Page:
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Renowned writer for Africa Day
2012-05-31

 

Attending the lecture were, from left: Dr Choice Makhetha, Vice-Rector: External Relations; Prof Kwandiwe Kondlo, Director of the Centre for Africa Studies;Prof. Ngugi wa Thiong'o; Prof Lucius Botes, Dean of the Faculty of the Humanities, and Prof Andre Keet, Director of the Institute for Reconciliation and Social Justice..
Photo: Stephen Collett
25 May 2012

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Lecture: THE BLACKNESS OF BLACK: Africa in the World Today

Audio of the lecture

Profile of Professor Ngugi wa Thiong'o (pdf format)

“Flowers are all different, yet no flower claims to be more of a flower than the other.” With these words Kenyan writer and one of the continent's most celebrated authors, Prof. Ngugi wa Thiong’o, delivered the tenth annual Africa Day Memorial lecture on 25 May 2012 in the University of the Free State's (UFS) Odeion Theatre on the Bloemfontein Campus. The lecture was hosted by the Centre for Africa Studies.

Long before Prof. wa Thiong’o was led inside the venue by a praise singer, chairs were filled and people were shown to an adjoining room to follow the lecture. Others, some on the university's Qwaqwa Campus, followed via live streaming.

In his speech titled the Blackness of Black: Africa in the world today, Prof. wa Thiong’o looked at the standing of Africa in the world today. He highlighted the plight of those of African descent who are judged “based on a negative profile of blackness”.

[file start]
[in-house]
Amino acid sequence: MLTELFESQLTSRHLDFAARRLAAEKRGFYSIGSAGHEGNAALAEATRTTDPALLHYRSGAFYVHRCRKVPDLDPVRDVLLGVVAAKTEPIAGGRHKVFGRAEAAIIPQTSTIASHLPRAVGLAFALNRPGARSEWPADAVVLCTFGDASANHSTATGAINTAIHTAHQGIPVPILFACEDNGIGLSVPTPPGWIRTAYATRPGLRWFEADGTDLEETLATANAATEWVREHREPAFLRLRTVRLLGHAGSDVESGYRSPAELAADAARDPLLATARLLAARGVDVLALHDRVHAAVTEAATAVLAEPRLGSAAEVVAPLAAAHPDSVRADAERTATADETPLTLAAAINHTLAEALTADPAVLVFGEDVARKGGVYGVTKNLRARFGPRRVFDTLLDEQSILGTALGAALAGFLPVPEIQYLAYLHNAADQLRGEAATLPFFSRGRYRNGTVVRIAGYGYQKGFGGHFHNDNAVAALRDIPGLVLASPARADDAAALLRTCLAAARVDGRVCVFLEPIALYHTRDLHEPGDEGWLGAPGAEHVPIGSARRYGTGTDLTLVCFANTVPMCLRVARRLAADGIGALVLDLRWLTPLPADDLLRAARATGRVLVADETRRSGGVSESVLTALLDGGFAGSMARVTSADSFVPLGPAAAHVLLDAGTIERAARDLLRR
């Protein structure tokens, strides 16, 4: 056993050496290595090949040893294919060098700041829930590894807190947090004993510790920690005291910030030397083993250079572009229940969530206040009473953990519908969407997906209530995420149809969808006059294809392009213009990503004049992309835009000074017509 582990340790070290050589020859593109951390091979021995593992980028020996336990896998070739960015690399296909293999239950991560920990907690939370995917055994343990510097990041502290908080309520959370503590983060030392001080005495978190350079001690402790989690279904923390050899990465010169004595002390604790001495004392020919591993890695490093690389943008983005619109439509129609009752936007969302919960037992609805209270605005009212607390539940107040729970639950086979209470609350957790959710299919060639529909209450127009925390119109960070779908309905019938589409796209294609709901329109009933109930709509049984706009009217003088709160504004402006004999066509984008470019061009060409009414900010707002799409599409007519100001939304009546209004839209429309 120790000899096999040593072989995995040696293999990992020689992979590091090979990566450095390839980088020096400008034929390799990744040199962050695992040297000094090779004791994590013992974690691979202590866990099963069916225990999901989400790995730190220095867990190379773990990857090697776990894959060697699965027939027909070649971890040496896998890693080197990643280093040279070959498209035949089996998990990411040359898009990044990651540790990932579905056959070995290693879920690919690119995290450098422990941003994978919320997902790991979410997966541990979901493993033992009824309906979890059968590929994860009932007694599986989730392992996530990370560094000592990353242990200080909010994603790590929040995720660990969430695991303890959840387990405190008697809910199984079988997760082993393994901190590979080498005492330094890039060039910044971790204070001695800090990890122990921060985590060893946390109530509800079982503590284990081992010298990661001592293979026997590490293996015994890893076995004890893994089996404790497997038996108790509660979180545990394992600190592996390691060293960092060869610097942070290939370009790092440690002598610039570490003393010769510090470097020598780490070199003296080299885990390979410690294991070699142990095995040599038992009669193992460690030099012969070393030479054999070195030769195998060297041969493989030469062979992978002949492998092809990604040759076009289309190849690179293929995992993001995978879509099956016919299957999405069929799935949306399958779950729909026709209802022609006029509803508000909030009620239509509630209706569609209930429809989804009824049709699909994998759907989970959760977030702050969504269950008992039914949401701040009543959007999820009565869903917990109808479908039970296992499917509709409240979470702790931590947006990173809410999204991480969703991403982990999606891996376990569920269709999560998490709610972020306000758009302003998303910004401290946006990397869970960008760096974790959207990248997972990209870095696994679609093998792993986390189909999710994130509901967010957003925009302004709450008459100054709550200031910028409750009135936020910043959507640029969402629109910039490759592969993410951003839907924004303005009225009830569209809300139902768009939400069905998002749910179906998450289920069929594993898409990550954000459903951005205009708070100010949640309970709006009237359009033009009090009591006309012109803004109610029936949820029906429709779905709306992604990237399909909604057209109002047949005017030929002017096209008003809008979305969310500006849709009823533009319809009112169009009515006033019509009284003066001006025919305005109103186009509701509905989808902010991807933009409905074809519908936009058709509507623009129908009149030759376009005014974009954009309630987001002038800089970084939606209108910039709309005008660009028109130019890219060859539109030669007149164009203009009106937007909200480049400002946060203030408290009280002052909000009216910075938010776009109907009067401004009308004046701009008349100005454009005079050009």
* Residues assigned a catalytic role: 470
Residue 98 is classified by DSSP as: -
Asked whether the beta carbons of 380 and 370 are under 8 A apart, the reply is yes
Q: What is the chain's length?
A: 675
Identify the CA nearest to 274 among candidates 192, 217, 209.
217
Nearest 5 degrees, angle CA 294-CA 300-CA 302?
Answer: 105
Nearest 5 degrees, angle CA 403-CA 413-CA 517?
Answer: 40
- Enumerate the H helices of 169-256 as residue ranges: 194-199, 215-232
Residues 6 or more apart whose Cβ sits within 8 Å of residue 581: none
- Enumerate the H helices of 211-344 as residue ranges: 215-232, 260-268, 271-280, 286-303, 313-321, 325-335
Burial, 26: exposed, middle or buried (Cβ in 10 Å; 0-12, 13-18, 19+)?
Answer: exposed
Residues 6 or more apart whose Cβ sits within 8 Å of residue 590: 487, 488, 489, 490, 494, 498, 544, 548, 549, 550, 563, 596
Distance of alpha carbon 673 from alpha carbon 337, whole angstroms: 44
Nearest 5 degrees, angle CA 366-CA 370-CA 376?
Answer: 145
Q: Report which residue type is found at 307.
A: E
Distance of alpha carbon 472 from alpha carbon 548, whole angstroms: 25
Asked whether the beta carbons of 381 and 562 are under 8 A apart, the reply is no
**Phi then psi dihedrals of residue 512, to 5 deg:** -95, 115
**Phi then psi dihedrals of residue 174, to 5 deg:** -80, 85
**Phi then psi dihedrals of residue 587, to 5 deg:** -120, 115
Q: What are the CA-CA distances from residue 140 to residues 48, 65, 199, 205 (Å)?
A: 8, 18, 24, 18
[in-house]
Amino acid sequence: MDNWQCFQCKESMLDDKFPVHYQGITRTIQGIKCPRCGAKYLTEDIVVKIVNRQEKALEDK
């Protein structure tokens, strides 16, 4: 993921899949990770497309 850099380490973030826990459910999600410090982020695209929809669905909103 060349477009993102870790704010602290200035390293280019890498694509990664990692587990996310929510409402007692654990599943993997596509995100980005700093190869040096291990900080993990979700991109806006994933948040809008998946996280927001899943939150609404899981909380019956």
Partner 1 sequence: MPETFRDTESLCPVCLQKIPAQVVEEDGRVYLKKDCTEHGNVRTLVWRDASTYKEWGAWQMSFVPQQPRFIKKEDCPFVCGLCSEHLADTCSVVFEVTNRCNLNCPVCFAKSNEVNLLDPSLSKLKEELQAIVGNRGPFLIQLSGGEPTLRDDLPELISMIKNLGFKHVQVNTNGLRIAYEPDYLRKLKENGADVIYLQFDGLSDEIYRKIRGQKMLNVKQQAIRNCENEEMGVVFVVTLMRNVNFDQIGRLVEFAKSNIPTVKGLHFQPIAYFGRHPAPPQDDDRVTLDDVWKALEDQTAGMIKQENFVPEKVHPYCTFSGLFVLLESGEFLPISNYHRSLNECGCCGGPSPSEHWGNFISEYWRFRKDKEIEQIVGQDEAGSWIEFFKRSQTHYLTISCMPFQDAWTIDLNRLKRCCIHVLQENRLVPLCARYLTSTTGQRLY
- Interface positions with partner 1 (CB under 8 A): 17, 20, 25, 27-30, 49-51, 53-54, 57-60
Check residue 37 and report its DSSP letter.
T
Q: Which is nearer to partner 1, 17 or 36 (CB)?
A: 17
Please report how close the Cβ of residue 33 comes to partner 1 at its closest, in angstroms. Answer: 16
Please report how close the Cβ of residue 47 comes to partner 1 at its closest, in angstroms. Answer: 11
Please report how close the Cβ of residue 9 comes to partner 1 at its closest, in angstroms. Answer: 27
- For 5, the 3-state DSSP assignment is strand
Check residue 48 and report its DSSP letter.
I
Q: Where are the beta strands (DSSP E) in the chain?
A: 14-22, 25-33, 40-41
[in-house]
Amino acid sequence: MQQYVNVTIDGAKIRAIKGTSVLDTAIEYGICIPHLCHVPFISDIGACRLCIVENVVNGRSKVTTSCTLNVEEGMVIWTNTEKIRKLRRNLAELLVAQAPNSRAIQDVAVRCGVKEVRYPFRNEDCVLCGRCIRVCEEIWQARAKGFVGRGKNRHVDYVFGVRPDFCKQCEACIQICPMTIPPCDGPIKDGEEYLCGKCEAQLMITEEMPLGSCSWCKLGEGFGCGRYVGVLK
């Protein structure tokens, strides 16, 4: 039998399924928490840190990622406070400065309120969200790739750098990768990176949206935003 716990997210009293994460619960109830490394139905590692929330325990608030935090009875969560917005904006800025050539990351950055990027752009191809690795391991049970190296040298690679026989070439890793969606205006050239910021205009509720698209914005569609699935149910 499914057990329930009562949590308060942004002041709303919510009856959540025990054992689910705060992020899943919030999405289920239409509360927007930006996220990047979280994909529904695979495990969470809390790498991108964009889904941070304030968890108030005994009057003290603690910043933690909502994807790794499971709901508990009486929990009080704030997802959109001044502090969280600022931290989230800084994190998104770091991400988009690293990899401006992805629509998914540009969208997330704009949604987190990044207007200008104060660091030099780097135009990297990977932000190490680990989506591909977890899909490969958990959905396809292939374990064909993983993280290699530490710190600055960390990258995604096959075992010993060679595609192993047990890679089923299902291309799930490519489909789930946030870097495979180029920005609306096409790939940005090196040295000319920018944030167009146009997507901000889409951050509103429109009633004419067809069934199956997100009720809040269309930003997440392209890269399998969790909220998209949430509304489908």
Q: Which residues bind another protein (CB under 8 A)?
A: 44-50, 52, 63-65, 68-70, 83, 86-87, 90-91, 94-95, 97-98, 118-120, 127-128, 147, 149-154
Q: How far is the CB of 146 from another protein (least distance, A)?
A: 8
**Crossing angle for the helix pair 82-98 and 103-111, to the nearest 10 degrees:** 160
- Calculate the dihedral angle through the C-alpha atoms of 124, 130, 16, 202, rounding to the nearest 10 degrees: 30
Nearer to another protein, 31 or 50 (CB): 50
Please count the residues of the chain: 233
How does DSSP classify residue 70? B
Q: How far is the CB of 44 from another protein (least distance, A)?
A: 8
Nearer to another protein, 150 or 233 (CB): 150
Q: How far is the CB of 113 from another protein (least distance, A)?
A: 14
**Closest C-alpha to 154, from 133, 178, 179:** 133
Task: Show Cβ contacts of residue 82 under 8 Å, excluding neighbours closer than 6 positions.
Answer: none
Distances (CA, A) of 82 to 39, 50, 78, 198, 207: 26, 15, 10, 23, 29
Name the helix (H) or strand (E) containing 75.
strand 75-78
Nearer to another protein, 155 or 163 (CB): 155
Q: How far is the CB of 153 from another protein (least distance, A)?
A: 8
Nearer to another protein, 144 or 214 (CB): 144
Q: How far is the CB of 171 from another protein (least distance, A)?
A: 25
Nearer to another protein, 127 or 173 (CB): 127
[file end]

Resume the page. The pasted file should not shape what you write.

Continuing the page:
Prof. wa Thiong’o recalled a humiliating experience at a hotel in San Francisco in the United States, where a staff member questioned him being a guest of the hotel. He shared a similar experience in New Jersey, where he and his wife were thought to be recipients of welfare cheques. He said this was far deeper than overt racism.

“The certainty is based on a negative profile of blackness taken so much for granted as normal that it no longer creates a doubt.”

Prof. wa Thiong’o said the self certainty that black is negative is not confined to white perception of black only.

“The biggest sin, then, is not that certain groups of white people, and even the West as a whole, may have a negative view of blackness embedded in their psyche, the real sin is that the black bourgeoisie in Africa and the world should contribute to that negativity and even embrace it by becoming participants or shareholders in a multibillion industry built on black negativity.”

“Africa has to review the roots of the current imbalance of power: it started in the colonisation of the body. Africa has to reclaim the black body with all its blackness as the starting point in our plunge into and negotiations with the world.”

Prof. wa Thiong’o concluded by saying that Africa must rediscover and reconnect with Kwame Nkrumah’s dreams of a politically and economically united Africa.

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